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General Election 2017: how is a hung parliament going to affect the housing market?

Predictions from the property experts

Buyers and sellers should “keep calm and carry on” despite the shock General Election result. That’s the message from estate agents who say it is business as usual.

The UK has been left with a hung parliament after the Conservative Party lost its majority in the June 8 General election. No single party managed to win the 326 seats needed for an overall majority in the House of Commons. The Conservatives are still the biggest party and have the first chance to put together a coalition Government. Prime Minster Theresa May is holding talks with Northern Ireland’s Democratic Ulster Unionist Party.

The property market does not like uncertainty and these are most uncertain times that we are living in.

- Bobby Hall, partner The Buying Solution estate agents
How will a General Election effect the property market?
How will a General Election effect the property market?

If these break down, the Tories could attempt to rule with a minority government or the Labour Party try to form a coalition. Bobby Hall, partner at The Buying Solution estate agents, said: “The property market does not like uncertainty and these are most uncertain times that we are living in.

“We don’t know what is going to happen over the next 24, 48 or 72 hours. We don’t know which parties will be in Government or if Theresa May will stay on as Prime Minister. The whole political scene is in flux and that affects the property market.

“How the Government is run, how it sits in Europe and the world stage – these are the most uncertain times.

“But the average person – whose house is their home rather than a property investment - needs to keep calm and carry on. Some people are still going to have to move because of a new job, or to send their child to a new school while others may need to sell a house after an elderly relative dies.”  

Steve Moir, director of Plymouth-based estate agents Hennings Moir, agreed, saying: “The reality is people have got to get on with their lives.

“If an individual’s job is not particularly at risk, I don’t think people will see a reason to change their plans. We are still getting offers coming in and sold a few properties at the weekend.”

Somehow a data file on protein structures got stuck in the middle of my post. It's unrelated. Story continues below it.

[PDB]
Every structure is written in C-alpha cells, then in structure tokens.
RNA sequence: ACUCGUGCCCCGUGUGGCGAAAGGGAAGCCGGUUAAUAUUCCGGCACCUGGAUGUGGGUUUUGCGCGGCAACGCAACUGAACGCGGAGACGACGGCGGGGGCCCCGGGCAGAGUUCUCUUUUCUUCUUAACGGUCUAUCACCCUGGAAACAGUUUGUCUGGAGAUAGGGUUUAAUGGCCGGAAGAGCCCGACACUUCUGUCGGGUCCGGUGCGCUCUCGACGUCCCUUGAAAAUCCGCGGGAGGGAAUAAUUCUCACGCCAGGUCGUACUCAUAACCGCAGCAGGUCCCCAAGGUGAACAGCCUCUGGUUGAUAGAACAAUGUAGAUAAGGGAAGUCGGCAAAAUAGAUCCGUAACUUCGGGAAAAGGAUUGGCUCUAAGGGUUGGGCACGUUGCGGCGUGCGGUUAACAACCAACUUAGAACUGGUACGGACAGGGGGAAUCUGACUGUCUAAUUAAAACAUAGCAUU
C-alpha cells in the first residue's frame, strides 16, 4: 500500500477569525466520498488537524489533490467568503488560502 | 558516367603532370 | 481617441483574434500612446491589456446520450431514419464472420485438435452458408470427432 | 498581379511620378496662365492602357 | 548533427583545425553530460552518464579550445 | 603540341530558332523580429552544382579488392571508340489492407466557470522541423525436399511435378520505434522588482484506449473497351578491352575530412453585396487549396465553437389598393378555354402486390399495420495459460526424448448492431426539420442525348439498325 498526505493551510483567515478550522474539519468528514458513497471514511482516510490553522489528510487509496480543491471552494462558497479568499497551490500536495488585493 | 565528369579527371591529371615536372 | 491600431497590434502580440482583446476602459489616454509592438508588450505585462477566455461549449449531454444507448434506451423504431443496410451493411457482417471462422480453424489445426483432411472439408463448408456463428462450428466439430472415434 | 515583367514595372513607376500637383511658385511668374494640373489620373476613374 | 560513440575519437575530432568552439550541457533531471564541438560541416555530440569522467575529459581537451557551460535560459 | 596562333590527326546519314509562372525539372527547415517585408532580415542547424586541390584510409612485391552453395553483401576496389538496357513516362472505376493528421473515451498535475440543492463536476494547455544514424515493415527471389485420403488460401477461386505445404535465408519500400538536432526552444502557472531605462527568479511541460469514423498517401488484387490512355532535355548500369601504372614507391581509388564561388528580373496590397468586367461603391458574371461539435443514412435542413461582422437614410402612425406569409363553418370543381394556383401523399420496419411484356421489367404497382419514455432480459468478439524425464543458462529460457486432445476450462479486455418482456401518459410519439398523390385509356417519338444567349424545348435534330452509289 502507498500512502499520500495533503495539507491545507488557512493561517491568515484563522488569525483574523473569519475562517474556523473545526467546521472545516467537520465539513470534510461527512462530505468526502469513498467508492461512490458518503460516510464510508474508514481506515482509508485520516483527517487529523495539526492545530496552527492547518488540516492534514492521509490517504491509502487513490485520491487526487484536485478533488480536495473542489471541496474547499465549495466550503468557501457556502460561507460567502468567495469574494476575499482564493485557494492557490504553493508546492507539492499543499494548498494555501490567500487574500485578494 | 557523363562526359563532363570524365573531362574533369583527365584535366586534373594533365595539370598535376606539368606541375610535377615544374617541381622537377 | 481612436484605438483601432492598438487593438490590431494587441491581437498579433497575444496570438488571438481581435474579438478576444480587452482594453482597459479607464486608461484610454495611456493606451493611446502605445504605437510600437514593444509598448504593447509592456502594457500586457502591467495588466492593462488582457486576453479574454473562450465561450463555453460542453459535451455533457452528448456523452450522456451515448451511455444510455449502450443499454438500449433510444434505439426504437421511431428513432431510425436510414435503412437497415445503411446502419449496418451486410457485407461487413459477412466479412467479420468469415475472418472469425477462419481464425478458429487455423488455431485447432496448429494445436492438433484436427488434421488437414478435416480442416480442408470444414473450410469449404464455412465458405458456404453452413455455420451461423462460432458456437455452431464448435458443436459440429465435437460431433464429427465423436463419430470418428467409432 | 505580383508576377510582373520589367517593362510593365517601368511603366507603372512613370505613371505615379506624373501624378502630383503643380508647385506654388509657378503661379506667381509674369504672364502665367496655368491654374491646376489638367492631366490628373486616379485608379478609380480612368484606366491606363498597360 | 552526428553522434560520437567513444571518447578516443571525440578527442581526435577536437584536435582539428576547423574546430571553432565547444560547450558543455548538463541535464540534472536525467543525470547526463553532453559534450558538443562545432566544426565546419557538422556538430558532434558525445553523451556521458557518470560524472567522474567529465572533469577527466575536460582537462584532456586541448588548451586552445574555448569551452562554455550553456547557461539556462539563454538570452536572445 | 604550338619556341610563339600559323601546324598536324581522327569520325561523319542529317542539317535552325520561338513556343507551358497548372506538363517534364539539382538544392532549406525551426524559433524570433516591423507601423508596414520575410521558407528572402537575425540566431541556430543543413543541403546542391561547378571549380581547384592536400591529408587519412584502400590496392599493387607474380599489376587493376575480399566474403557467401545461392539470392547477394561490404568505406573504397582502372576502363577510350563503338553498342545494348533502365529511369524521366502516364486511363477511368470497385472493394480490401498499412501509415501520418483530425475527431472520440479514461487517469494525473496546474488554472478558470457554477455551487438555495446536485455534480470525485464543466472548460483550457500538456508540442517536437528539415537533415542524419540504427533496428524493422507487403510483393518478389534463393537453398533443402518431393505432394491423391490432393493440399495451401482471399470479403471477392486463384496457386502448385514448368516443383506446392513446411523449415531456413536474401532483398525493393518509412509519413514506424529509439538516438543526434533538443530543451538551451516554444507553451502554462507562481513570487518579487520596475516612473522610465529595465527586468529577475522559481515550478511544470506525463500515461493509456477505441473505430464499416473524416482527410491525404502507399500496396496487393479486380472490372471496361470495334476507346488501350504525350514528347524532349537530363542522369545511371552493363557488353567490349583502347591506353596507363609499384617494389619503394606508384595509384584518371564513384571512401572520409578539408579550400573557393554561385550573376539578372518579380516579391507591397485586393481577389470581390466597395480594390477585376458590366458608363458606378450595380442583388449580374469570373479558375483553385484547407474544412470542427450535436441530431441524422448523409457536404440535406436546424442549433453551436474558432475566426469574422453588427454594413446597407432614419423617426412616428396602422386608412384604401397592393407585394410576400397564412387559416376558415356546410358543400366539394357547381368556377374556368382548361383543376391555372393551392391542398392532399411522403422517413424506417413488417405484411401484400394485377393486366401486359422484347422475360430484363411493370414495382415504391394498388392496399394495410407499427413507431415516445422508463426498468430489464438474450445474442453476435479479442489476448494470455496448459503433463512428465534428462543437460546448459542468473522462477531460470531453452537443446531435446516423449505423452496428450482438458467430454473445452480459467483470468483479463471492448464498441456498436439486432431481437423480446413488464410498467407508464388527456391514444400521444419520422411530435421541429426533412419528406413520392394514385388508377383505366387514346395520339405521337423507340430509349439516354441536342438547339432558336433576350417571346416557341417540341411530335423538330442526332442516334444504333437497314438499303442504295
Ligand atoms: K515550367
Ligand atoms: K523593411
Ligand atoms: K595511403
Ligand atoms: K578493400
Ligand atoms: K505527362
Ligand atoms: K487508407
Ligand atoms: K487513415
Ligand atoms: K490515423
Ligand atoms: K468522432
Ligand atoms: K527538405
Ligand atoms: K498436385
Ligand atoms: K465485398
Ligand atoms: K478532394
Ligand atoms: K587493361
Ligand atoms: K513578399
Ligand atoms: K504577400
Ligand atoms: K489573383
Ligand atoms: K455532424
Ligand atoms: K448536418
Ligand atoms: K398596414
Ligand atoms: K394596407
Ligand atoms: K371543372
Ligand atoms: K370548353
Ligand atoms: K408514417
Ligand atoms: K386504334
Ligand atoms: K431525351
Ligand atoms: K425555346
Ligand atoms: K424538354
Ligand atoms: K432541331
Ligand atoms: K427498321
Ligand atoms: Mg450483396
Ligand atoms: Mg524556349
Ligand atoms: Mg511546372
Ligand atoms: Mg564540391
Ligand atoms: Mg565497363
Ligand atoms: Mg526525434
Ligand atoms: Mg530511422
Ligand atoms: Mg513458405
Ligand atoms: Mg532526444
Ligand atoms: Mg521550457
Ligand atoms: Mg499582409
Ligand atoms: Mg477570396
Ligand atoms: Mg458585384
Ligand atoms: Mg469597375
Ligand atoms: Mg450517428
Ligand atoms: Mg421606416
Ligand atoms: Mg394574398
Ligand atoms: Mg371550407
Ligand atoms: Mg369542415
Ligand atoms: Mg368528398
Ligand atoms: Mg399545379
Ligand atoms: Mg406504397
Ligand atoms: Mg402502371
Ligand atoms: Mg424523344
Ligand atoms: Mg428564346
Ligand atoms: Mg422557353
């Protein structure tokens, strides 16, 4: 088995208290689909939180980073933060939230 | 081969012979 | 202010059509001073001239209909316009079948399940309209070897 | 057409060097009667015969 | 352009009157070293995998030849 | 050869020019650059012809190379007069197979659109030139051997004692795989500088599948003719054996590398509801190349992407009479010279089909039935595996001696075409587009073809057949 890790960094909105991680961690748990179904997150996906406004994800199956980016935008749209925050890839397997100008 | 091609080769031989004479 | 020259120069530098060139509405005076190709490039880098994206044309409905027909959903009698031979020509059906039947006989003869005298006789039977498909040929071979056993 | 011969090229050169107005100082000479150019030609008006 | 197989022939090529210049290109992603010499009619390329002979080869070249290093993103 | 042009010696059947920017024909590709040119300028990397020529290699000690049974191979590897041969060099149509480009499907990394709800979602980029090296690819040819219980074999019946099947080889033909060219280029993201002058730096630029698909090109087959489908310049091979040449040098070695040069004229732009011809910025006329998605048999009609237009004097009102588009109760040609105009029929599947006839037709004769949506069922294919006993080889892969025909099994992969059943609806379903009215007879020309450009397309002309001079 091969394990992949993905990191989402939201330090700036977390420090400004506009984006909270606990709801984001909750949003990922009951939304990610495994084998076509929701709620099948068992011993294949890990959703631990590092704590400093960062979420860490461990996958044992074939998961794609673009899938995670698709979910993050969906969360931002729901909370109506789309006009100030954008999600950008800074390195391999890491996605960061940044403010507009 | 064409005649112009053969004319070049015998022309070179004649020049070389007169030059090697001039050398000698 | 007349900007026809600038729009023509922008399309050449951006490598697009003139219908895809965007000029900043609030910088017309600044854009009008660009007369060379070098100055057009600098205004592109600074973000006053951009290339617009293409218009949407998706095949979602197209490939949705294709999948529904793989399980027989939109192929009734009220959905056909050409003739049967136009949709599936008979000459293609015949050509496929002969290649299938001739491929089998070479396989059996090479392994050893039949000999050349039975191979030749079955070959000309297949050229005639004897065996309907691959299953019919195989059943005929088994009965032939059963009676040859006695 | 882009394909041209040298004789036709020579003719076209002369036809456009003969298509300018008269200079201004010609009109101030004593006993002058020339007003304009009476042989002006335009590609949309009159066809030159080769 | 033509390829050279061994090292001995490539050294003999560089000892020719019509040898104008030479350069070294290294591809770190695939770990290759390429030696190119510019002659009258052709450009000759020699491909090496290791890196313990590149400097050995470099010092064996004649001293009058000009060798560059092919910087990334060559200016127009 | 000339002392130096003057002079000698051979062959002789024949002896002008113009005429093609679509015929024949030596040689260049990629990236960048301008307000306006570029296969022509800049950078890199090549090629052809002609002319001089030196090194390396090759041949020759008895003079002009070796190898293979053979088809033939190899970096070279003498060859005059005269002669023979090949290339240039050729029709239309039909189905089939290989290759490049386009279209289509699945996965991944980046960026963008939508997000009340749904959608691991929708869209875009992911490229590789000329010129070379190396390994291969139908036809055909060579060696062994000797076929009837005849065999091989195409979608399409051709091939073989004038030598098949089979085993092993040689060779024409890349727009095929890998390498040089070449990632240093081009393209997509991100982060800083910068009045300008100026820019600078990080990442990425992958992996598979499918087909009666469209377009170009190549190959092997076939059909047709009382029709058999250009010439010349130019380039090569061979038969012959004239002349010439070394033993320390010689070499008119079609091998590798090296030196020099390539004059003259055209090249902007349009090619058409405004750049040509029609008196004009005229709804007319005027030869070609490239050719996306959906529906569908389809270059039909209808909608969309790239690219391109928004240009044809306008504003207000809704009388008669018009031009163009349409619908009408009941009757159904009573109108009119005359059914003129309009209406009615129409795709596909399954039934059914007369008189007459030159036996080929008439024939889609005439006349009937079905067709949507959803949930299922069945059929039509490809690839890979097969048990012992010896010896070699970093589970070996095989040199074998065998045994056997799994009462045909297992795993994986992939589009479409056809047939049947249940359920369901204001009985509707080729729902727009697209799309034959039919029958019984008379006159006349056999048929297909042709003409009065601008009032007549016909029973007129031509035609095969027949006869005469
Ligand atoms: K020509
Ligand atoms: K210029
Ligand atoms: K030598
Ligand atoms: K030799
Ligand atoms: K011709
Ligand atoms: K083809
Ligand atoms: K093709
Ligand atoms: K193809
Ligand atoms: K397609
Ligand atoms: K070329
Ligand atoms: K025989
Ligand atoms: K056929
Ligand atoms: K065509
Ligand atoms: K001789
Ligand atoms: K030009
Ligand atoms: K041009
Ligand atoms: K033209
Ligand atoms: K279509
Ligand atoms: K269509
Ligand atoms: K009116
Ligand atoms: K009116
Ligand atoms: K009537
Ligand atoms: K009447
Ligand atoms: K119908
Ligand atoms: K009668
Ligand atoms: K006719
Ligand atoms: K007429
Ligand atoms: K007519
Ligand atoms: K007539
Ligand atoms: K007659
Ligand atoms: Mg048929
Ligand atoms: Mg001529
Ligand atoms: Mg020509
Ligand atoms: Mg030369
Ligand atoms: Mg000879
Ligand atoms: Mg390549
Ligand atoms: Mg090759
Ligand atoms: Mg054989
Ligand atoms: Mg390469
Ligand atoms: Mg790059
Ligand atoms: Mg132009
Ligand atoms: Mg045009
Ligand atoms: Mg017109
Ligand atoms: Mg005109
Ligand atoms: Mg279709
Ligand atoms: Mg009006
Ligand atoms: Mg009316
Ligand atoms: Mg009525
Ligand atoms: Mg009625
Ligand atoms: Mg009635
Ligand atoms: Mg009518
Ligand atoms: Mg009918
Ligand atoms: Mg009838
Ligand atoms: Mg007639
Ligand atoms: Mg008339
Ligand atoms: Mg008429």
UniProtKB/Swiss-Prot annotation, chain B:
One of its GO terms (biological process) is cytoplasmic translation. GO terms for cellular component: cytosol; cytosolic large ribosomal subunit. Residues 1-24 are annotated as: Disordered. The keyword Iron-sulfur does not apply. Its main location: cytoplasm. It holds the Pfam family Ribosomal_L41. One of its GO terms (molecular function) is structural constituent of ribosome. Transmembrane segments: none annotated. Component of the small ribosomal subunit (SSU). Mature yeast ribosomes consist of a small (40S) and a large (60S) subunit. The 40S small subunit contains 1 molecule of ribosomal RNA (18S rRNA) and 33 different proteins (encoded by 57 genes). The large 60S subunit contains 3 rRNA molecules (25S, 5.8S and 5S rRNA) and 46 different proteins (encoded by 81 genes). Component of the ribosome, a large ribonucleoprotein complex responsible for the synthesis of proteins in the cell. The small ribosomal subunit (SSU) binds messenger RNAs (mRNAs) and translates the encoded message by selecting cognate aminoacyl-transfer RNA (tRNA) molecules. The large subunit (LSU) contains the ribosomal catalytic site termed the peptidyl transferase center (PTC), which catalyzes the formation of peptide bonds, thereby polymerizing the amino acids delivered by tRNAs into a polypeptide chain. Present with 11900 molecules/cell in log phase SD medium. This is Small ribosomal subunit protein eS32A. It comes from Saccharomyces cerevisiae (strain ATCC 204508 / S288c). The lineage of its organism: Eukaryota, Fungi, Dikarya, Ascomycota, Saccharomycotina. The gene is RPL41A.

Hugh Wade-Jones, Group MD of the Enness group, a mortgage broker for high net-worth properties, suggested a more cautious approach.

Writing in his company newsletter, he said: “Those currently in the process of buying or selling a home may wish to pause for several weeks until the country’s future is more certain; at this moment in time it is impossible to tell which party will be taking the country forward.”

House prices
The housing market has already seen a drop in house prices in some areas and a fall in new listings in the run-up to the general election. It is too early to say what effect a hung parliament will have on prices, say experts. But the pre-election lull is likely to continue until a new Government is formed and there is more political certainty.

Mortgage rates
The housing market was cooling even before the dramatic poll result that led to a hung parliament. Reasons included the impact of additional stamp duty taxes which led to people opting to stay put and improve rather than move. Lenders are having to compete for new customers by slashing their rates. If buyers are prepared to lock in for two, three, five or even 10 years, this is a great chance to grab these low rates while they are still available.

First-Time Buyers
There could be more help for first time buyers. The increase in Labour support has is largely due to more young people voting. This means politicians of all parties will have to appeal more to young voters than they have done in the past. Mr Moir said: “If the Government extended the Right to Buy scheme so that it covers older properties as well as new-build and restricted it to only first-time buyers, that would be a positive move.”

George Clarendon, partner at Knight Frank in Winchester said political stability was needed to boost the property market. But he said it was still business as usual. “Buyers just need to fall in love with a house, hopefully negotiate a good price and life goes on. This is a great time to sell your house. There are nicely striped lawns and the flowers are out.

“There are going to be people who say ‘what if, what if’ and they are going to miss out on the market this summer but others will just get on with it.”